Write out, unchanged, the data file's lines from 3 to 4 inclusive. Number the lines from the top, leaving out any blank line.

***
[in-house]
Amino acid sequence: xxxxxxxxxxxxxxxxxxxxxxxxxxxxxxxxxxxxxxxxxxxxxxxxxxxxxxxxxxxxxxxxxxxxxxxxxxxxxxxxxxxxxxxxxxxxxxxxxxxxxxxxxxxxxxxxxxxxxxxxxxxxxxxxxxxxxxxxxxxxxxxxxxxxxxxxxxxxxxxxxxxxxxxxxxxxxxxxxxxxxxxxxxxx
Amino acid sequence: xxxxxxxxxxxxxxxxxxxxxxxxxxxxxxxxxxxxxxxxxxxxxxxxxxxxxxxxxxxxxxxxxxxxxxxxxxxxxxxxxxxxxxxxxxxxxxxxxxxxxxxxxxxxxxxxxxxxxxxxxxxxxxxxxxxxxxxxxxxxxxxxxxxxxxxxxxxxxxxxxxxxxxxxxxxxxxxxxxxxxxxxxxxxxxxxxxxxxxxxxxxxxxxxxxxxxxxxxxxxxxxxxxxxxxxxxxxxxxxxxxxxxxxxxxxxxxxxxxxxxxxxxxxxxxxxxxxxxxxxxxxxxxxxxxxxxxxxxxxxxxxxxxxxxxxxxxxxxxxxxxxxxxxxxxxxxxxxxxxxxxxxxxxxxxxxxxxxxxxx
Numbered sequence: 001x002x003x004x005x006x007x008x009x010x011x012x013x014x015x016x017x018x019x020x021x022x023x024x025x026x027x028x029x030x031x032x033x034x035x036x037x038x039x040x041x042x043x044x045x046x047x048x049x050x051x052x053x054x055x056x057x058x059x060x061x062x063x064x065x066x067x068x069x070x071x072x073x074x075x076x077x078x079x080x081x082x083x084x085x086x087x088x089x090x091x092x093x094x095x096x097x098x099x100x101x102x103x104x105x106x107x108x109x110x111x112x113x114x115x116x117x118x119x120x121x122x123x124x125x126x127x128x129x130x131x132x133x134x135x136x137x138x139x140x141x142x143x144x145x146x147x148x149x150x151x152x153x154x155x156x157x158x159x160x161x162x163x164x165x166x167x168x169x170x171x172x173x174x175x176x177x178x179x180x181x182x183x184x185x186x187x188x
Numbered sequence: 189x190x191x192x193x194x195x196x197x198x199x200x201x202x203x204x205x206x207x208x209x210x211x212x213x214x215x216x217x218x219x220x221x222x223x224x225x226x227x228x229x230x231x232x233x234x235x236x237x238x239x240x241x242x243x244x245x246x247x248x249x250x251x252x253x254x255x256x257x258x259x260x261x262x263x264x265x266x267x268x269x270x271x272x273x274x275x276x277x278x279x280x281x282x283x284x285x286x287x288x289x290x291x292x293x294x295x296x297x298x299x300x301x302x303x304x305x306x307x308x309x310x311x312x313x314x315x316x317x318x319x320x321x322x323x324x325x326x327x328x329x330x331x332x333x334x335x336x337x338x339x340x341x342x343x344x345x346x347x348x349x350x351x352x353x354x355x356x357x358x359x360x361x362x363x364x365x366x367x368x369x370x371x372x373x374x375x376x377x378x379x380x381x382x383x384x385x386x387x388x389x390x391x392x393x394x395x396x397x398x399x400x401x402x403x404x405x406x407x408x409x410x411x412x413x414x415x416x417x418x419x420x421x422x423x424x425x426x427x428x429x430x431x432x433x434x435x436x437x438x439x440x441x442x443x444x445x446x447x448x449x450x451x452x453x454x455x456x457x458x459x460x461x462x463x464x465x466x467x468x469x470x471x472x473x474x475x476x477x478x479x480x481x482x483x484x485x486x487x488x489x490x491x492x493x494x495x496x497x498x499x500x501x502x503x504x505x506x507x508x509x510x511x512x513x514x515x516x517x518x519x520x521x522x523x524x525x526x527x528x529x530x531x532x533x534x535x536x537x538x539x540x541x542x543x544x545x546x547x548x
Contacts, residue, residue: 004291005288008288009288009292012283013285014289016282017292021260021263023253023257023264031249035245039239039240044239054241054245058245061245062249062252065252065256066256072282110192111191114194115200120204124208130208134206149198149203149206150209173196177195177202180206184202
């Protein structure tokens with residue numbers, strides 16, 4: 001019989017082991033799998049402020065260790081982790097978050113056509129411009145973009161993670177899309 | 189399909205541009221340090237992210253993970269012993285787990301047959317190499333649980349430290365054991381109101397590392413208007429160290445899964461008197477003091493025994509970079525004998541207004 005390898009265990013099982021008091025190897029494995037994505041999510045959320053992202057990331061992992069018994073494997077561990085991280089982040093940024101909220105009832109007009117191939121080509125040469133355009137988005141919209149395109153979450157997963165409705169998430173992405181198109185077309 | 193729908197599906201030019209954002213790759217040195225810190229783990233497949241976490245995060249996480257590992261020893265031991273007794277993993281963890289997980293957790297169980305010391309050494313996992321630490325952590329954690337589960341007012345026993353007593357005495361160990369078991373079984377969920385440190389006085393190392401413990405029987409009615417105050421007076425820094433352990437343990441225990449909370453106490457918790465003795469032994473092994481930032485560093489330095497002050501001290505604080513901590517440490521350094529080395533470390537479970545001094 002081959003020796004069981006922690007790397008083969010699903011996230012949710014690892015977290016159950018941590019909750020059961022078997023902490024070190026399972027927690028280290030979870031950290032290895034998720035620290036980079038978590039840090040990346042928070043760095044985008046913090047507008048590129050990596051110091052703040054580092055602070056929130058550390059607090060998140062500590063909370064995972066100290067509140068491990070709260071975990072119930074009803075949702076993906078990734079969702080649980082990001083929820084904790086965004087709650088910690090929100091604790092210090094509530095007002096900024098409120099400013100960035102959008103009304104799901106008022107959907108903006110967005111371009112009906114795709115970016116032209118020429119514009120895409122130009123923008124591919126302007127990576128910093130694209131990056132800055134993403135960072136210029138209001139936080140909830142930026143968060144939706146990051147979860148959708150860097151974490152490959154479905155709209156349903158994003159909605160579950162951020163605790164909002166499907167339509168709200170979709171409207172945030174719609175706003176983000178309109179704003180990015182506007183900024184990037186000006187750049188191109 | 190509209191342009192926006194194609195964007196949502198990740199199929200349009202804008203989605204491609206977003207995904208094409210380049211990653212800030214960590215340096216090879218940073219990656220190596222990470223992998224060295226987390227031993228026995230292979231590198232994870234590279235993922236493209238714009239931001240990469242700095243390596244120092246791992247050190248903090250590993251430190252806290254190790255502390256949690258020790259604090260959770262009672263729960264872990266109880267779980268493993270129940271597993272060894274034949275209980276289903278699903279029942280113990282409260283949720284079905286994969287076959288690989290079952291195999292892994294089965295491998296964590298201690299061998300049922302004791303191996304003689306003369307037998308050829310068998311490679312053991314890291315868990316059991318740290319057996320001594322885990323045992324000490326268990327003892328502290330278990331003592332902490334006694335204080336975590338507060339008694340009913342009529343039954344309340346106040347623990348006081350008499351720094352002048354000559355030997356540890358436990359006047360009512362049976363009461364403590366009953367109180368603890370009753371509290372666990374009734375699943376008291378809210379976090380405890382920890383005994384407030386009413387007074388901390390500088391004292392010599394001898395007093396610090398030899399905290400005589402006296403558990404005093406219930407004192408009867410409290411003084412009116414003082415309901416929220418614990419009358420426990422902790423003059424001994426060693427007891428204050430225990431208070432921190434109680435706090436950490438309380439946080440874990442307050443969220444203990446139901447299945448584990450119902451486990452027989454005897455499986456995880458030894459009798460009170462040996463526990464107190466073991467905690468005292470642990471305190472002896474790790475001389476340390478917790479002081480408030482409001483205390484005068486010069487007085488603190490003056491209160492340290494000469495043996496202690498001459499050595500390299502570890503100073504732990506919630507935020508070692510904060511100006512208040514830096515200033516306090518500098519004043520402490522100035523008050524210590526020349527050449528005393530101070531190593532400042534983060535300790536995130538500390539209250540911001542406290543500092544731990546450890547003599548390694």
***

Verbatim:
Amino acid sequence: xxxxxxxxxxxxxxxxxxxxxxxxxxxxxxxxxxxxxxxxxxxxxxxxxxxxxxxxxxxxxxxxxxxxxxxxxxxxxxxxxxxxxxxxxxxxxxxxxxxxxxxxxxxxxxxxxxxxxxxxxxxxxxxxxxxxxxxxxxxxxxxxxxxxxxxxxxxxxxxxxxxxxxxxxxxxxxxxxxxxxxxxxxxxxxxxxxxxxxxxxxxxxxxxxxxxxxxxxxxxxxxxxxxxxxxxxxxxxxxxxxxxxxxxxxxxxxxxxxxxxxxxxxxxxxxxxxxxxxxxxxxxxxxxxxxxxxxxxxxxxxxxxxxxxxxxxxxxxxxxxxxxxxxxxxxxxxxxxxxxxxxxxxxxxxxxxxxxxxxx
Numbered sequence: 001x002x003x004x005x006x007x008x009x010x011x012x013x014x015x016x017x018x019x020x021x022x023x024x025x026x027x028x029x030x031x032x033x034x035x036x037x038x039x040x041x042x043x044x045x046x047x048x049x050x051x052x053x054x055x056x057x058x059x060x061x062x063x064x065x066x067x068x069x070x071x072x073x074x075x076x077x078x079x080x081x082x083x084x085x086x087x088x089x090x091x092x093x094x095x096x097x098x099x100x101x102x103x104x105x106x107x108x109x110x111x112x113x114x115x116x117x118x119x120x121x122x123x124x125x126x127x128x129x130x131x132x133x134x135x136x137x138x139x140x141x142x143x144x145x146x147x148x149x150x151x152x153x154x155x156x157x158x159x160x161x162x163x164x165x166x167x168x169x170x171x172x173x174x175x176x177x178x179x180x181x182x183x184x185x186x187x188x